4 Methods for Propagating Lavender Plants


These beautiful blooms are loved by pollinators, have a soothing scent that can help reduce stress and promote relaxation, and so much more. Follow along to see the 4 methods to propagate your existing lavender plants  .

Root Cuttings in Water

Take a 6-inch cutting from healthy, new growth. Remove the lower leaves, and place in a jar with water. Place in a sunny space.

Change water every 4-5 days. After the roots form in a few weeks, plant in soil or the garden when the temperatures warm up.

Root Cuttings in Soil

Take a 6-inch cutting from new growth, remove lower leaves, scrape stem, dip in hormone, and plant 2 inches deep in half vermiculite or perlite and half peat moss mix. Cover with plastic, root in 2-4 weeks.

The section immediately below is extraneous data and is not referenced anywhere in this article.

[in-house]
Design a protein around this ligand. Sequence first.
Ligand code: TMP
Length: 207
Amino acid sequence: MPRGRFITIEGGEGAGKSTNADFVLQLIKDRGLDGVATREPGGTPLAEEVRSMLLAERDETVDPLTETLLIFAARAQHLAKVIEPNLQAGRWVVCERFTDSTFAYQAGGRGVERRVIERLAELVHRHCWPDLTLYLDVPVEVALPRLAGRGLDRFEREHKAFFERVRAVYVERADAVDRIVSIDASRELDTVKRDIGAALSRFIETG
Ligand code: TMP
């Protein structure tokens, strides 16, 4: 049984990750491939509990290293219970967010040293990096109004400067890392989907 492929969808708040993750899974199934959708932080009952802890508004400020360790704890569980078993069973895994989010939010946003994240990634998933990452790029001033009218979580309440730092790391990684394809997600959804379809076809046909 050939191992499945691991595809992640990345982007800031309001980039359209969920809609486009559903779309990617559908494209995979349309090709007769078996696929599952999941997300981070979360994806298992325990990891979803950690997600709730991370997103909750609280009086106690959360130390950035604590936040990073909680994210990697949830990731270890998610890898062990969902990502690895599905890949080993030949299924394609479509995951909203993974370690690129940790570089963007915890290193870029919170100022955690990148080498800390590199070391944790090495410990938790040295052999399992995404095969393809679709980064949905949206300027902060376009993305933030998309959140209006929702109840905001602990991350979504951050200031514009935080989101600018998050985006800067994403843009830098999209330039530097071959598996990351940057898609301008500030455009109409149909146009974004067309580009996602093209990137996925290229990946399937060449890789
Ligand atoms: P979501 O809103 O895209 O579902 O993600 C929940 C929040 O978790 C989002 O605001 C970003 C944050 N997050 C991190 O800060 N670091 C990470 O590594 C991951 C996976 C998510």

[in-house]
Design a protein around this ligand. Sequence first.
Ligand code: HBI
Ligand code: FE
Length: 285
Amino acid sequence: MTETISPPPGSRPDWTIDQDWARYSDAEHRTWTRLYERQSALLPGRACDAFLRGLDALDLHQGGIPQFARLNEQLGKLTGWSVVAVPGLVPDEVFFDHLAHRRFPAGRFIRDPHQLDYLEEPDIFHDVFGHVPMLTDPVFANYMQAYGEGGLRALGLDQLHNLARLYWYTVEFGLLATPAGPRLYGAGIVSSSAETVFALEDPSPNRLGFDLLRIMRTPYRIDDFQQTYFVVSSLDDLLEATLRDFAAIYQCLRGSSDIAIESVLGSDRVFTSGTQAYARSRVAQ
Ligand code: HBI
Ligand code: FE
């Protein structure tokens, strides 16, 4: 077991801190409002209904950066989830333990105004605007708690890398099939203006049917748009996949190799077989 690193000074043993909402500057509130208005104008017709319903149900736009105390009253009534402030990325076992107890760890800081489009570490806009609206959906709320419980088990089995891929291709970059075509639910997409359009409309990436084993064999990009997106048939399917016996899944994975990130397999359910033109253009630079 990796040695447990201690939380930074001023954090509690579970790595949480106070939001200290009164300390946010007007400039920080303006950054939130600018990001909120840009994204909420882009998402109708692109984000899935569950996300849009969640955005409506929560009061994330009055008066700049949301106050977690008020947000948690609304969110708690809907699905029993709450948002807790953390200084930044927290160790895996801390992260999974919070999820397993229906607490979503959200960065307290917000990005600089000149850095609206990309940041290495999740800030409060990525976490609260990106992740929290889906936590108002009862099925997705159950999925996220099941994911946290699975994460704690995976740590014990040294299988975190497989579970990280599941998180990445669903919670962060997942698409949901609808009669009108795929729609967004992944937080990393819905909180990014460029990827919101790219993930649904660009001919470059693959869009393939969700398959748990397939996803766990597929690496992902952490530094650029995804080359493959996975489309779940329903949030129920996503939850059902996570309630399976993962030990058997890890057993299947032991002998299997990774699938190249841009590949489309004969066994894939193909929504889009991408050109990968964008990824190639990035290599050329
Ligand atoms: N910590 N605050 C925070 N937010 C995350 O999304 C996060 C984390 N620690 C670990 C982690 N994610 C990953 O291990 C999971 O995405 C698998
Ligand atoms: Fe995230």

Place in sun, water when dry, feed weekly. Plant the rooted lavender cutting in a larger container with potting soil mix or in a garden bed once the outdoor temperatures are warm.

Plants Propagating Themselves

Lavender is a woody perennial and can propagate itself when one of its branches makes contact with the ground and forms roots. Gently bend a lavender branch to the ground and pin it down.

The pinned lavender branch should root within a month or two. Cut the branch off the parent plant and transplant it into the garden once you see the roots.


This method takes time but is easy and very successful. In the spring, cover the old lavender plant with soil. Make sure the new buds are showing just above the soil.

By the following spring, each lavender stem should have new roots in the hilled-up soil. The entire subshrub can now be dug up and divided, with each rooted stem being planted to produce a new plant.

For more on lavender propagation and when the right timing, visit the blog.

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